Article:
[R-sig-ME] understanding log-likelihood/model fit
Daniel Ezra Johnson
danielezrajohnson at gmail.com
Thu Aug 21 14:35:57 CEST 2008
Thank you all for your help.
I'm now referring back to the discussion in Chapter 2 of Pinheiro and
Bates and understanding this much better.
Well, a little better.
In the figures on pp. 73-74, the middle panels (log-residual norm)
seem to illustrate what Douglas Bates has described here as
> "the penalty depend[ing] on the (unconditional) variance
> covariance matrix of the random effects. When the variances are small
> there is a large penalty. When the variances are large there is a
> small penalty on the size of the random effects."
And the bottom panels (log-determinant ratio) seem to illustrate
> The measure of model
> complexity, which is related to the determinant of the conditional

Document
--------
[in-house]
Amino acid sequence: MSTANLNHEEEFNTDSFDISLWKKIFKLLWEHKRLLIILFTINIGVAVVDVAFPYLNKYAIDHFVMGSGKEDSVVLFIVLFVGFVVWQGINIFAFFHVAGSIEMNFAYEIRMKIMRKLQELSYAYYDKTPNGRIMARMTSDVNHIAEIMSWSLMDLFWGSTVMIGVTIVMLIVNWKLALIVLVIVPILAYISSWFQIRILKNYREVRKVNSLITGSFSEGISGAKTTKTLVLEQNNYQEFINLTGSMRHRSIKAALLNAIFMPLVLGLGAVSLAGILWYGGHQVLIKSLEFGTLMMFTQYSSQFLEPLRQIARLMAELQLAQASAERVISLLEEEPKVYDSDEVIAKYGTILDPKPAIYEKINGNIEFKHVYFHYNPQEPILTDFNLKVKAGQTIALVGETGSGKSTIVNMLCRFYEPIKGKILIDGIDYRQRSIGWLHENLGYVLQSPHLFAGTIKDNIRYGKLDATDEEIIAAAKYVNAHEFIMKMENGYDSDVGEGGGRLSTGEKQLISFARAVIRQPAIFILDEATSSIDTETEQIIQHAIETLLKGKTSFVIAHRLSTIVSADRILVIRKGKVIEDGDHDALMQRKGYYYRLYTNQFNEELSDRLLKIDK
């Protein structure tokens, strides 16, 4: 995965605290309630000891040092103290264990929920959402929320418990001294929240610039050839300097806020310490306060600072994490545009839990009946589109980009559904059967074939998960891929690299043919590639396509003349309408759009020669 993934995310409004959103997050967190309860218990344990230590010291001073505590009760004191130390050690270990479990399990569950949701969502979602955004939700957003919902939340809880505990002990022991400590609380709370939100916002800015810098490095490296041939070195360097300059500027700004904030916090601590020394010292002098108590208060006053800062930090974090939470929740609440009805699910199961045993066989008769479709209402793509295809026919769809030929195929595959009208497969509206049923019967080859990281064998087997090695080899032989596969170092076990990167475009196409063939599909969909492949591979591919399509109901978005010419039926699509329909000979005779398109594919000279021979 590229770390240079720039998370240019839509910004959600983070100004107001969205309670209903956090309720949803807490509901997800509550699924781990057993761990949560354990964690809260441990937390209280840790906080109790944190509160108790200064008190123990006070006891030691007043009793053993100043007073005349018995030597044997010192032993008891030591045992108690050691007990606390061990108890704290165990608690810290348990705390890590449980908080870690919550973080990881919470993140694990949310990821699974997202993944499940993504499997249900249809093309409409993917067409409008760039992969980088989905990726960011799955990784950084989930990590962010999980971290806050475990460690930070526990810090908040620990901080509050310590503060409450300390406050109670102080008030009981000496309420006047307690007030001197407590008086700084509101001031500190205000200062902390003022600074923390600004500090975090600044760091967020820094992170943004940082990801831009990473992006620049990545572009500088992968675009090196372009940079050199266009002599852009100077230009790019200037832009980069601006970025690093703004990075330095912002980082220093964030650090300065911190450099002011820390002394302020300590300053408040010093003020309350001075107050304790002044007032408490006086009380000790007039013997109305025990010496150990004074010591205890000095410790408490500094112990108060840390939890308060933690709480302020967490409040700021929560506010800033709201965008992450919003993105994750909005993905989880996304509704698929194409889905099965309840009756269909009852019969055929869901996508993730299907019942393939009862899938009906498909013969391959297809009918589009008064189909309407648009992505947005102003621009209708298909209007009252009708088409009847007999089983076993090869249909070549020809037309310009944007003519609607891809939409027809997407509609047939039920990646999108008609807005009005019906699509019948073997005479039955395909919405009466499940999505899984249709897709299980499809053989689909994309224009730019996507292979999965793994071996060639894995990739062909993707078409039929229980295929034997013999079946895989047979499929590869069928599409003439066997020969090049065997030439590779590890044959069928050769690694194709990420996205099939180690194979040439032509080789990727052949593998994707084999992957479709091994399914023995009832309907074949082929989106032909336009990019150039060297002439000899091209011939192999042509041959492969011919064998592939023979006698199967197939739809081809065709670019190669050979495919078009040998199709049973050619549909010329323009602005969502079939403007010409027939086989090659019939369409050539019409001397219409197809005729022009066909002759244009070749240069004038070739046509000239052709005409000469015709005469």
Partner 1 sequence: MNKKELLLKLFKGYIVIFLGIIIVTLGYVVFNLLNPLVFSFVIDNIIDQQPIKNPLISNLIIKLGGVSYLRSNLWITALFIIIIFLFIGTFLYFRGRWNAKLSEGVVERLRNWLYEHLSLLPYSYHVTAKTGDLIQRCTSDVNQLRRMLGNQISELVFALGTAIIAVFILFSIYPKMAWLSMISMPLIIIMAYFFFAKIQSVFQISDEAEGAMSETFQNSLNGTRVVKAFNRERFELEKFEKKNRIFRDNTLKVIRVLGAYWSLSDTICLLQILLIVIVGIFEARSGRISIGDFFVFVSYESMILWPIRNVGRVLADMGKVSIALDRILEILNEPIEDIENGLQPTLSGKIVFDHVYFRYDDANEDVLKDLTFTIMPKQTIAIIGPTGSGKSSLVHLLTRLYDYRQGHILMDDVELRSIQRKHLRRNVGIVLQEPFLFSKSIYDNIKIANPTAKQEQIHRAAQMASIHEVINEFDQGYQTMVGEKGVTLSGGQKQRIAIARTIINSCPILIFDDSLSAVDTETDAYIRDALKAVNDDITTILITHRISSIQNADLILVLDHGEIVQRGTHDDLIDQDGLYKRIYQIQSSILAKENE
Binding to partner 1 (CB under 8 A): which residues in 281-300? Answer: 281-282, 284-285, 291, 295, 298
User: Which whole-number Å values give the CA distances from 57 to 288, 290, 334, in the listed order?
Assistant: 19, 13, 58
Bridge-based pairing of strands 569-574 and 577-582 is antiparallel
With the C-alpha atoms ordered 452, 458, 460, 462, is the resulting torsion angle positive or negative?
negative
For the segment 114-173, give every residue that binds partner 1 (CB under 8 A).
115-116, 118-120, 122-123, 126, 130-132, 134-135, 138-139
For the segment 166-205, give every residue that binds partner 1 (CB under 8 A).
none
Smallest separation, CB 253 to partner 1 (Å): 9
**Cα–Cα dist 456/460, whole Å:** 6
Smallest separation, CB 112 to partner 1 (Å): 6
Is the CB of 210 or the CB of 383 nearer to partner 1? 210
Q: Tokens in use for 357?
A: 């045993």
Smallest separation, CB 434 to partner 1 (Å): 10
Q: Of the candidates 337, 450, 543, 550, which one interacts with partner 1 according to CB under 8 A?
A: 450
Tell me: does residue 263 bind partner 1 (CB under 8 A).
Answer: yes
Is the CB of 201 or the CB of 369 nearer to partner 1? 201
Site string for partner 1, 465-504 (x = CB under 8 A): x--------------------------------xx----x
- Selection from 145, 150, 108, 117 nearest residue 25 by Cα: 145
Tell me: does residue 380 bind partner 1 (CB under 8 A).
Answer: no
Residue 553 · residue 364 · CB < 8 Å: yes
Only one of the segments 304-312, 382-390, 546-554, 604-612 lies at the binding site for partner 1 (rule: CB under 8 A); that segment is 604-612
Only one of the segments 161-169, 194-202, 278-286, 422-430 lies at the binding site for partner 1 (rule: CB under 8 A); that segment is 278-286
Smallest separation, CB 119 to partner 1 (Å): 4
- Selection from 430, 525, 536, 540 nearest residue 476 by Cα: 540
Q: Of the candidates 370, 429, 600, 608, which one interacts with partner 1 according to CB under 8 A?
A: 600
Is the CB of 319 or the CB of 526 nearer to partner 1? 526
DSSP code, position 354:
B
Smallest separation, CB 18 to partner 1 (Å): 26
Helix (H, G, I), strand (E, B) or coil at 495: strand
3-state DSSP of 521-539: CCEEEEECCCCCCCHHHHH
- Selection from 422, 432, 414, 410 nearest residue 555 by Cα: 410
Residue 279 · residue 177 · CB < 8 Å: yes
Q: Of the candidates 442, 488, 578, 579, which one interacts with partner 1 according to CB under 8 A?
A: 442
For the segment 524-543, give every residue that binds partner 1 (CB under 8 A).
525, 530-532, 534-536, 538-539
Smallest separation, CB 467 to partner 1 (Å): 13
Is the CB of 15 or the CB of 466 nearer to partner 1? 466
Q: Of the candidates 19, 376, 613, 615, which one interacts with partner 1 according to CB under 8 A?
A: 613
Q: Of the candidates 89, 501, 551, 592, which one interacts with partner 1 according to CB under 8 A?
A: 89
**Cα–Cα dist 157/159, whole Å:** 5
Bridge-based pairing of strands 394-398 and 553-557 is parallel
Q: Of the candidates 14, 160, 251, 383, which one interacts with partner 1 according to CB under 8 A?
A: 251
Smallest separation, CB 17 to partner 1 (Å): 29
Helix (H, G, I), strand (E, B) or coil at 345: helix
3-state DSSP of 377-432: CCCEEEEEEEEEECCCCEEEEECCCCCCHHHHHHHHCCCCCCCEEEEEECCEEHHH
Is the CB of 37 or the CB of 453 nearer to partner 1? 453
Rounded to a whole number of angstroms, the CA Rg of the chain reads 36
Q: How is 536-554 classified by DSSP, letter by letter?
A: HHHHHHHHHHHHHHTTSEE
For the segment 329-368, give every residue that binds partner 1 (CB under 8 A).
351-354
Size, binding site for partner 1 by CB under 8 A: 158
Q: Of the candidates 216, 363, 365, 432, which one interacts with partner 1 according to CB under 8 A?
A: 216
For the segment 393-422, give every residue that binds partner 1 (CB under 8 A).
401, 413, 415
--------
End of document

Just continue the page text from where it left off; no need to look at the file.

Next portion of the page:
> variance of the random effects, given the data, [which] has the opposite
> behavior. When the variance of the random effects is small the model
> is considered simpler. The simplest possible model on this scale is
> one without any random effects at all, corresponding to a variance of
> zero.
In these charts, as you move all the way to the right, in the limit,
the values of Delta and theta are maximized, which I believe means the
random effect variance goes to zero (with respect to the residual
variance).
As you move to the left, your model complexity gets worse, but your
model fidelity improves for a time, and that's where you get the
maximum log-likelihood (top panel).
If theta going to infinity represents zero random effects, could you
say that theta going to zero represents random effects that are no
longer distinguishable from fixed effects?
D
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